Amazon sued for not telling New York store customers about facial recognition
Spencer Platt | Getty Images
In a class-action suit, lawyers for Alfredo Perez said that the company failed to tell visitors to Amazon Go convenience stores that the technology was in use. Thanks to a 2021 law, New York is the only major American city to require businesses to post signs if they’re tracking customers’ biometric information, such as facial scans or fingerprints.
Amazon introduced its Go stores in 2018, promising that customers could walk in, take whatever products they wanted off the shelves and leave without checking out. The company monitors visitors’ actions and charges their accounts when they leave the store. It opened its first New York location the following year, and has 10 stores, all in Manhattan, according to its website.
The lawsuit says that Amazon only recently put up signs informing New York customers of its use of facial recognition technology, more than a year after the disclosure law went into effect. Amazon didn’t immediately respond to a request for comment.
For Amazon Go to successfully track its customers and the items they take, it has to continuously monitor their bodies, the lawsuit says.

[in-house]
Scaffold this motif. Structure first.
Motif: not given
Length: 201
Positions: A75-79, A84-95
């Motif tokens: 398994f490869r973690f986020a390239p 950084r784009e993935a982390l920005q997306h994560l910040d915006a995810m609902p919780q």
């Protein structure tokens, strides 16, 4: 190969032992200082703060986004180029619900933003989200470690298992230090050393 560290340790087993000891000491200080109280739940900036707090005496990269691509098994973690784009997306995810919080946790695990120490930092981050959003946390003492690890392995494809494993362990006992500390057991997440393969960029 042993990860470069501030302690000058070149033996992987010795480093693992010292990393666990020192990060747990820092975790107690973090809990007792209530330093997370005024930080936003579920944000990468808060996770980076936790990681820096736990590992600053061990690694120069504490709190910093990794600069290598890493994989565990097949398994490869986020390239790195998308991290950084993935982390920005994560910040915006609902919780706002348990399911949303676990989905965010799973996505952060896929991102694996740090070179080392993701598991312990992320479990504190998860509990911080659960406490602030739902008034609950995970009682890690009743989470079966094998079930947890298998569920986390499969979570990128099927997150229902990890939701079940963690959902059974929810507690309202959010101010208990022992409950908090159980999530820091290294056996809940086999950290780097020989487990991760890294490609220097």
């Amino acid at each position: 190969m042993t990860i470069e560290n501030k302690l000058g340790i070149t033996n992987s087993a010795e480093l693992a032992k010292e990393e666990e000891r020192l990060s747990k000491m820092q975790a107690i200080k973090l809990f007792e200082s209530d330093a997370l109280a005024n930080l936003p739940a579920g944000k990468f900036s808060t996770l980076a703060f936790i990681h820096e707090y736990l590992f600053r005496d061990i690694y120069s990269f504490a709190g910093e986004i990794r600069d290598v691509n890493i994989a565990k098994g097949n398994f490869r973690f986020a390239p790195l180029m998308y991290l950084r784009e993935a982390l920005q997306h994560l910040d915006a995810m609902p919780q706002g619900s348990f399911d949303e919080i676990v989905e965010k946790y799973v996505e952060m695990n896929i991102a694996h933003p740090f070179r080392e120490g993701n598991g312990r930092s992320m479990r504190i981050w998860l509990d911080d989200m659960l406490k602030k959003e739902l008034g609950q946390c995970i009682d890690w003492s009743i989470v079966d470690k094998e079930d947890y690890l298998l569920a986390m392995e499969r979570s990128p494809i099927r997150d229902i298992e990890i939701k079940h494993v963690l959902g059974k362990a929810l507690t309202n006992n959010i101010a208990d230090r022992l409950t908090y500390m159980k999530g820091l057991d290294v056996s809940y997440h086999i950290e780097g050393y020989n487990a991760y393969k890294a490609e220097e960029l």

“To make this ‘Just Walk Out’ technology possible, the Amazon Go stores constantly collect and use customers’ biometric identifier information, including by scanning the palms of some customers to identify them and by applying computer vision, deep learning algorithms, and sensor fusion that measure the shape and size of each customer’s body to identify customers, track where they move in the stores, and determine what they have purchased,” it says.
Perez is represented by the Surveillance Technology Oversight Project, a legal advocacy group devoted to New York privacy protections.
“It means that even a global tech giant can’t ignore local privacy laws,” Albert Cahn, project director, said in a text message. “As we wait for long overdue federal privacy laws, it shows there is so much local governments can do to protect their residents.”
Apple launches its Pay Later service
Kevin Mazur | Getty Images
Affirm dropped 4% on the news.